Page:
Hong Kong has world class infrastructure from bridges to subway. They generate great connections and great amenities but often there are left over land that are too small and too irregular to do anything with it. In this opportunity, we worked with a 130m2 site to try to generate a music school that is 200m2 in size. The site is triangular surrounded by bridges with offset constraints. The underground has a large water pipe that render half of the site to be undevelopable.
These constraints led us innovate in three aspects.
Unlike a typical building, we didn’t calculate the efficiency of the building plan by excluding the core and stair. Instead, we treat the stair as part of the important flow of this center. Visitors have the option to move up and down the museum to complete a journey of the center. With transparency, the space saving scissor stair will become an iconic architecture facing the public street and bridges
The noise coming from the road, bus stop and bridges are close to 96db. It is just loud enough to not allow the teaching and appreciation of music. We use the stair as the main isolation barrier to separate the music room from the source of noise. The remaining windows are equipped with double class windows to allow better noise reduction.
Each floor has only 50m2 to play with. The tiny footprint is not much but allow one class to conduct music. With four levels in total, there are four classes that can take place at the same time. The ground floor is designed with folding wall to allow people from the ground floor to spill out into the garden. The event management becomes more flexible if they have a large music festival.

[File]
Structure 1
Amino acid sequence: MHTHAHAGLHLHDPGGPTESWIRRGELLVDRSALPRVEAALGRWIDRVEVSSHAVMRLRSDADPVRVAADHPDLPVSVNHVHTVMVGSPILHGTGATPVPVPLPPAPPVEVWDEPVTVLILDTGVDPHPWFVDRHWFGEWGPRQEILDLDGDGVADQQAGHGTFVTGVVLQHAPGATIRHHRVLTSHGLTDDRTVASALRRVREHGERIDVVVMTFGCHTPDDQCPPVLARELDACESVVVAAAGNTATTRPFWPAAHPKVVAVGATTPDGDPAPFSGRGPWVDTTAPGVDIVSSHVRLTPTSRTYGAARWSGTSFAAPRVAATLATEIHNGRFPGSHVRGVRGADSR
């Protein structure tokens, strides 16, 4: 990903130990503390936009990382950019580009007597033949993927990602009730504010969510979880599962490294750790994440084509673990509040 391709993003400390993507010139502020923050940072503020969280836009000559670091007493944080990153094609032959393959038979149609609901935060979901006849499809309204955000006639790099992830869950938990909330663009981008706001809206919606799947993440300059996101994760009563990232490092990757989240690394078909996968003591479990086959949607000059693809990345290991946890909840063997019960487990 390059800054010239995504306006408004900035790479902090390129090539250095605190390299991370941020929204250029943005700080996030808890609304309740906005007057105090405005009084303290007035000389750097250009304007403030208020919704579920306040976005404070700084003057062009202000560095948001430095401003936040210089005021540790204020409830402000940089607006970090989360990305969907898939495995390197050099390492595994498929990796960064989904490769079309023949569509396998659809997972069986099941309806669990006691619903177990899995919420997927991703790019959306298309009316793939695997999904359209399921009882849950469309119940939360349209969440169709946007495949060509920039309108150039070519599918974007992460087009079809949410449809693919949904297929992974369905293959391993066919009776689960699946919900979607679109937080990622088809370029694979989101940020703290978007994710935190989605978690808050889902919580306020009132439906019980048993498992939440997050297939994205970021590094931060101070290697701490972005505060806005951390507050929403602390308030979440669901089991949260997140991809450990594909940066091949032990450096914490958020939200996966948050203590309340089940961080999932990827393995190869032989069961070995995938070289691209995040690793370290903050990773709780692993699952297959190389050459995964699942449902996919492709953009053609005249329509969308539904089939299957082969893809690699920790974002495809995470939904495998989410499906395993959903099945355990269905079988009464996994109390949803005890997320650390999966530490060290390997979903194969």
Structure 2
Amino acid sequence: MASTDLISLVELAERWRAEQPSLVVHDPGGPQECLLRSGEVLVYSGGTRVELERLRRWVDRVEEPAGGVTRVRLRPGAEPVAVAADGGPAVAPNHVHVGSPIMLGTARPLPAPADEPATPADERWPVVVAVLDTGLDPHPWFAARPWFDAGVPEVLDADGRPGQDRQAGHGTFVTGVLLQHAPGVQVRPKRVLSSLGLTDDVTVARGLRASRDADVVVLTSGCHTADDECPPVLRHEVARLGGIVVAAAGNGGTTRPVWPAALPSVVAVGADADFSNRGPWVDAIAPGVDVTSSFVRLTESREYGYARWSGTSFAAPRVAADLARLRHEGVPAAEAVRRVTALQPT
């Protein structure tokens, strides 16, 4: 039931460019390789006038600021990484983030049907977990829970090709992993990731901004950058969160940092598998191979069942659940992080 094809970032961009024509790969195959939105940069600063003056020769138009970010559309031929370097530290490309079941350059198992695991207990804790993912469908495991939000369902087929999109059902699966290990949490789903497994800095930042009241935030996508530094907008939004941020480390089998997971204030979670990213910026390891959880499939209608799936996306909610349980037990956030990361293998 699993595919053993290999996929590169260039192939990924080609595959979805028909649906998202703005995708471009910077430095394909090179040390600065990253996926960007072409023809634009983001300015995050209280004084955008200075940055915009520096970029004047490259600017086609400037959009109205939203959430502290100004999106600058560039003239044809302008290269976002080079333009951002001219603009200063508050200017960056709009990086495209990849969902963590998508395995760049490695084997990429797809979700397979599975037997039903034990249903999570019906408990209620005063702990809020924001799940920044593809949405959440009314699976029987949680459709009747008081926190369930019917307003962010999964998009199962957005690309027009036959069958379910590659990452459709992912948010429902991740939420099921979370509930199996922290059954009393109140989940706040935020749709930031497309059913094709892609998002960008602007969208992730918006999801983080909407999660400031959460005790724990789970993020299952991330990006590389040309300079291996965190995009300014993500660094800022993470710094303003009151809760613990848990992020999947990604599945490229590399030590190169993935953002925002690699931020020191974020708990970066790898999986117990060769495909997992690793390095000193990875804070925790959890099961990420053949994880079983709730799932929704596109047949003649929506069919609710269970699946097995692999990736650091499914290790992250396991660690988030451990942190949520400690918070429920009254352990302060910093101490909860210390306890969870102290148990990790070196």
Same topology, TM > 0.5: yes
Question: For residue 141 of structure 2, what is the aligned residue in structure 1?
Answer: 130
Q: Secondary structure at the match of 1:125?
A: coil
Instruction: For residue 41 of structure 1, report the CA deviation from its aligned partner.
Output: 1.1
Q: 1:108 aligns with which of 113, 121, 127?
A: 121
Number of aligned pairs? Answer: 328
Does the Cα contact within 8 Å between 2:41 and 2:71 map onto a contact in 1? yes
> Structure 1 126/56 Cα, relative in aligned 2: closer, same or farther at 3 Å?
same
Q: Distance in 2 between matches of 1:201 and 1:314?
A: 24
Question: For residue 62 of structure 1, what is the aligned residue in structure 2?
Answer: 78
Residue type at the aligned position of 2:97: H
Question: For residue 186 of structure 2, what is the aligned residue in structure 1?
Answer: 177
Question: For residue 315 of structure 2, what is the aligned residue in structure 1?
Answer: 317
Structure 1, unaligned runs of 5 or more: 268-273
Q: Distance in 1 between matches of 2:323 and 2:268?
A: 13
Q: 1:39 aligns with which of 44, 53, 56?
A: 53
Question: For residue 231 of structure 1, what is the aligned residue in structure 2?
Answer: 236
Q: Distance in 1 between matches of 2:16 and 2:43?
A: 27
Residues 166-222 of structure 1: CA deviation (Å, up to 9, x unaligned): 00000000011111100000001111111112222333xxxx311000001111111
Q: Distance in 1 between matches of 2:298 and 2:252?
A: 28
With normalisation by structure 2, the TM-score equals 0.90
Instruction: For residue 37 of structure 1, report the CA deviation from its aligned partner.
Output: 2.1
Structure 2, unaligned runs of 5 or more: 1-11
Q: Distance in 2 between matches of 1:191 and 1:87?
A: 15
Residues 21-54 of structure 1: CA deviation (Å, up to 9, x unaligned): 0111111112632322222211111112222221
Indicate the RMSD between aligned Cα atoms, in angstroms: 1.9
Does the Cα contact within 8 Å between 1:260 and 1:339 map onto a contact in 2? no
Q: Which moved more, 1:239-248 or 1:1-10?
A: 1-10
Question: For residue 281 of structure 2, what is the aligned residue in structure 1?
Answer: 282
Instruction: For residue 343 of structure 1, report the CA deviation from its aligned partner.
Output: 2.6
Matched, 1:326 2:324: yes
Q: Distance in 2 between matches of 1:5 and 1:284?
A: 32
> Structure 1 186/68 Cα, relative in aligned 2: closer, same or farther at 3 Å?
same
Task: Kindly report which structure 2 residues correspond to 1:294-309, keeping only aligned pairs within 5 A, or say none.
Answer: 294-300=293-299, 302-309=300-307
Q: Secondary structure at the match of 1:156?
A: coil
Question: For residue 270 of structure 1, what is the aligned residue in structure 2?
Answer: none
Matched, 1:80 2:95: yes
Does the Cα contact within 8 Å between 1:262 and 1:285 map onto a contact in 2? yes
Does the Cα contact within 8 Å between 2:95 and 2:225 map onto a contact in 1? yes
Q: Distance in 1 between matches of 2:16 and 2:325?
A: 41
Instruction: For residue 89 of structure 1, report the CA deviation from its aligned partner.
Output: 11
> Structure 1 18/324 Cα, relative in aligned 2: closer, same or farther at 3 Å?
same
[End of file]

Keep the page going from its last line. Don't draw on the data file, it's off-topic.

How can this be implemented in other sites with constraints?
We believe many urban cities are filled with these leftover spaces. The key to make these places viable is to make sure the management and business is viable to allow the continuation and daily maintenance. We believe the initial funding to build this structure is important, but the design must be practical and flexible to allow a low operational cost. With these in minds, I think we can convert many of these leftover spaces into meaningful community projects.
Team: Vicky Chan, Andy Cheung, Sam Chan, Nicole Chiew, Subhiksha Bhoovarahan
Our proposal addresses a conceptual retreat for ten people in an urban setting. During the 2020 pandemic, loss of smell or taste were common among recovered patients and not everyone can afford to travel to the countryside for a getaway. Penta Retreat situated in the heart of London is made for people to rejuvenate their senses and minds. The pentagon looks out to the city with five distinctive simulations – sound of nature, smell of plants, taste of herbs, view of the cityscape and touch of raw materials. The ten units are formed around a semi-opened sensory garden that allows for a different microclimate and ecosystem. Occupants can enjoy various sensations throughout their stay. The choice to set up a countryside-like retreat in the urban center is to make sure the retreat is made inclusive and accessible to everyone from different income and physical conditions. With off-the-grid design, every city should be able to find spaces for people to getaway.